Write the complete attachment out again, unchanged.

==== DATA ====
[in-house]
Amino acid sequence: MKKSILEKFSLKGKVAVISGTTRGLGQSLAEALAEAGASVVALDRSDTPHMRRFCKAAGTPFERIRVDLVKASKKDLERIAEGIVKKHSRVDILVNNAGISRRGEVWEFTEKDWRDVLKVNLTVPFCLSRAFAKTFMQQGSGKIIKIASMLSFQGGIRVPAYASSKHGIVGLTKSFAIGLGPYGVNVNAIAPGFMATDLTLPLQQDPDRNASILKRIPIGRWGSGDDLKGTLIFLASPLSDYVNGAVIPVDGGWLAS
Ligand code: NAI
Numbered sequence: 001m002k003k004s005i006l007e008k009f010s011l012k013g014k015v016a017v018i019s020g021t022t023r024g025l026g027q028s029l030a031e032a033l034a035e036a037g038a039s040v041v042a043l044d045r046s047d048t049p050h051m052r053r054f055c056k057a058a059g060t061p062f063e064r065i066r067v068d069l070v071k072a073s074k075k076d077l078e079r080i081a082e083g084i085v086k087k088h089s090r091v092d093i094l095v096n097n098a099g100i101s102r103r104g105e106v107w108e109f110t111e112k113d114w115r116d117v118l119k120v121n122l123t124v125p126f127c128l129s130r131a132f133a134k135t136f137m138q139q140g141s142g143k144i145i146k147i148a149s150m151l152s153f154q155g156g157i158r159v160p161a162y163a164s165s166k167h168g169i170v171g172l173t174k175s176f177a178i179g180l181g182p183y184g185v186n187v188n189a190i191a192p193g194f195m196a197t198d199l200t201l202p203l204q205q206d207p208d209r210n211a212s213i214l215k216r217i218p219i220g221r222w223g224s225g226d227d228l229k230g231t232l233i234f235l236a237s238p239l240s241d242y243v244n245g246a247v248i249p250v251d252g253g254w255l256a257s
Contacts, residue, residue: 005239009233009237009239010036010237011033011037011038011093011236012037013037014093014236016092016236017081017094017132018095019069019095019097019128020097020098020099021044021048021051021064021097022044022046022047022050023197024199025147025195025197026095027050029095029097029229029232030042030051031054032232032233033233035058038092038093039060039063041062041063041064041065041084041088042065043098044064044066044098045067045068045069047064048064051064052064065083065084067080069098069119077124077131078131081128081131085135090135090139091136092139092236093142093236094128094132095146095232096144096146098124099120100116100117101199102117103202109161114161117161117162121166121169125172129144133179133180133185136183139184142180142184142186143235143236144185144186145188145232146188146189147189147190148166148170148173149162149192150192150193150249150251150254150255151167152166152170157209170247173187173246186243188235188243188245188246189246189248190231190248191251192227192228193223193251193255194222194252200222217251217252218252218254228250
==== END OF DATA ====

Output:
[in-house]
Amino acid sequence: MKKSILEKFSLKGKVAVISGTTRGLGQSLAEALAEAGASVVALDRSDTPHMRRFCKAAGTPFERIRVDLVKASKKDLERIAEGIVKKHSRVDILVNNAGISRRGEVWEFTEKDWRDVLKVNLTVPFCLSRAFAKTFMQQGSGKIIKIASMLSFQGGIRVPAYASSKHGIVGLTKSFAIGLGPYGVNVNAIAPGFMATDLTLPLQQDPDRNASILKRIPIGRWGSGDDLKGTLIFLASPLSDYVNGAVIPVDGGWLAS
Ligand code: NAI
Numbered sequence: 001m002k003k004s005i006l007e008k009f010s011l012k013g014k015v016a017v018i019s020g021t022t023r024g025l026g027q028s029l030a031e032a033l034a035e036a037g038a039s040v041v042a043l044d045r046s047d048t049p050h051m052r053r054f055c056k057a058a059g060t061p062f063e064r065i066r067v068d069l070v071k072a073s074k075k076d077l078e079r080i081a082e083g084i085v086k087k088h089s090r091v092d093i094l095v096n097n098a099g100i101s102r103r104g105e106v107w108e109f110t111e112k113d114w115r116d117v118l119k120v121n122l123t124v125p126f127c128l129s130r131a132f133a134k135t136f137m138q139q140g141s142g143k144i145i146k147i148a149s150m151l152s153f154q155g156g157i158r159v160p161a162y163a164s165s166k167h168g169i170v171g172l173t174k175s176f177a178i179g180l181g182p183y184g185v186n187v188n189a190i191a192p193g194f195m196a197t198d199l200t201l202p203l204q205q206d207p208d209r210n211a212s213i214l215k216r217i218p219i220g221r222w223g224s225g226d227d228l229k230g231t232l233i234f235l236a237s238p239l240s241d242y243v244n245g246a247v248i249p250v251d252g253g254w255l256a257s
Contacts, residue, residue: 005239009233009237009239010036010237011033011037011038011093011236012037013037014093014236016092016236017081017094017132018095019069019095019097019128020097020098020099021044021048021051021064021097022044022046022047022050023197024199025147025195025197026095027050029095029097029229029232030042030051031054032232032233033233035058038092038093039060039063041062041063041064041065041084041088042065043098044064044066044098045067045068045069047064048064051064052064065083065084067080069098069119077124077131078131081128081131085135090135090139091136092139092236093142093236094128094132095146095232096144096146098124099120100116100117101199102117103202109161114161117161117162121166121169125172129144133179133180133185136183139184142180142184142186143235143236144185144186145188145232146188146189147189147190148166148170148173149162149192150192150193150249150251150254150255151167152166152170157209170247173187173246186243188235188243188245188246189246189248190231190248191251192227192228193223193251193255194222194252200222217251217252218252218254228250